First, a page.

But, let’s say that page started swapping links with realtors in other cities and unrelated businesses like casinos or car insurance companies – then you’re starting to fall into the territory of link exchanges becoming more like a link scheme.
3 – Injected Links
This is a pretty blatantly, spammy technique, where automated software is used to inject links into other websites.
One of the techniques that people used to use to get these links, was that they’d sign up for a text link ad service, and their website would be distributed, and receive backlinks & advertising, inside a designated ad space, in the blogs the service had access to.
However, the end result being that you end up with a lot of links with the same anchor text, distributed across sites which are probably not relevant.
You would be best to avoid injected links completely, and to not sign up for services like these.
Hacked links may even come under this, as there are black hat SEOs who will use XSS vulnerabilities in websites, to inject links.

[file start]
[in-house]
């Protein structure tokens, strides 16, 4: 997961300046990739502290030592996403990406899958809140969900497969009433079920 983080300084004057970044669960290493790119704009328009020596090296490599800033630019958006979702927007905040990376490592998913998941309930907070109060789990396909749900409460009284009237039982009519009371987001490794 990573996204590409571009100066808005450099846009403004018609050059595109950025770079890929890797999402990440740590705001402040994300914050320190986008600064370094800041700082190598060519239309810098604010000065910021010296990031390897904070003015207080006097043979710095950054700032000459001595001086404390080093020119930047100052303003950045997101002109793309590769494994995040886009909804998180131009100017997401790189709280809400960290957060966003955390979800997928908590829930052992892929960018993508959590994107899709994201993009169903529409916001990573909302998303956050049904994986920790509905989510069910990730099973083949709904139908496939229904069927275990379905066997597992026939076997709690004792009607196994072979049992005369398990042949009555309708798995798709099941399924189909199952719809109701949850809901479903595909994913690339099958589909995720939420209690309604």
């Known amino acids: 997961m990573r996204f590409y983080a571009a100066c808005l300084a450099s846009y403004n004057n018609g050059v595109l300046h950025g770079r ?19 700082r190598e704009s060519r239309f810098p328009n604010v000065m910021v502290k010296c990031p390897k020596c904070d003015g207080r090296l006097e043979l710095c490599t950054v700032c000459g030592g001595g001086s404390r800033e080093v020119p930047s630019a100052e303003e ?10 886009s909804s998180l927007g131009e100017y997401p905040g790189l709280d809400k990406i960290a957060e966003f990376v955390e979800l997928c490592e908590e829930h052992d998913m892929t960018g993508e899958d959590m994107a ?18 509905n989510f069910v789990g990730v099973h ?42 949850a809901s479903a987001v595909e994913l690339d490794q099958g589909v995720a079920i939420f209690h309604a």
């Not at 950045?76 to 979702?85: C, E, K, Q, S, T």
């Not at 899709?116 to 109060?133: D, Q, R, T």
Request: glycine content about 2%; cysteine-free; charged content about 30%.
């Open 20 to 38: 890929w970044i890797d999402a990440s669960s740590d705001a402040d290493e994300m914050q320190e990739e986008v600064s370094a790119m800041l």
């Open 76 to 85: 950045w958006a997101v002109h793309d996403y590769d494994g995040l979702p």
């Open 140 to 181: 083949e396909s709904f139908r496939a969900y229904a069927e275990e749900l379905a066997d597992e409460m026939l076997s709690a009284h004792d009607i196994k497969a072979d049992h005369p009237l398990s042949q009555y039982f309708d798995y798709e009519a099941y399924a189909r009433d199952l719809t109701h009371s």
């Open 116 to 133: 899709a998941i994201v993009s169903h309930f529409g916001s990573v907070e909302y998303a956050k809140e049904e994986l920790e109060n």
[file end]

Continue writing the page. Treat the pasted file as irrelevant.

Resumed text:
4 – Sitewide Links
Sitewide links are often on the footer, or sidebar of a website – and can create an excessive number of outbound links going to a single target website. Those links will then have the exact same anchor.
Sitewide links can occur naturally though, and these are fine. Some examples:
- Some web design agencies may get mentioned on the footer of their clients websites.
- Recipe blogs being linked to in the sidebar of other food bloggers.
- Showcasing the SaaS/CMS system that powers a website – e.g. “Proudly Powered by WordPress” which links back to Wordpress.
Things like this probably won’t cause any harm, but when you have some degree of control over how people are linking to you – you can stay on the safe side by ensuring you only get branded links, and have them tagged with nofollow.
Historically, people did used to buy sitewide links on peoples blogrolls, and this was why they did receive a bad reputation. Google does see these types of links as natural, so if you have links like these, stop using them, and get them removed.
It’s important to note, one site doing a sitewide link to you, won’t cause a penalty even if it’s a large number of pages. But if there is an unnatural pattern forming, with a lot of sites linking to you on a sitewide basis, this can cause issues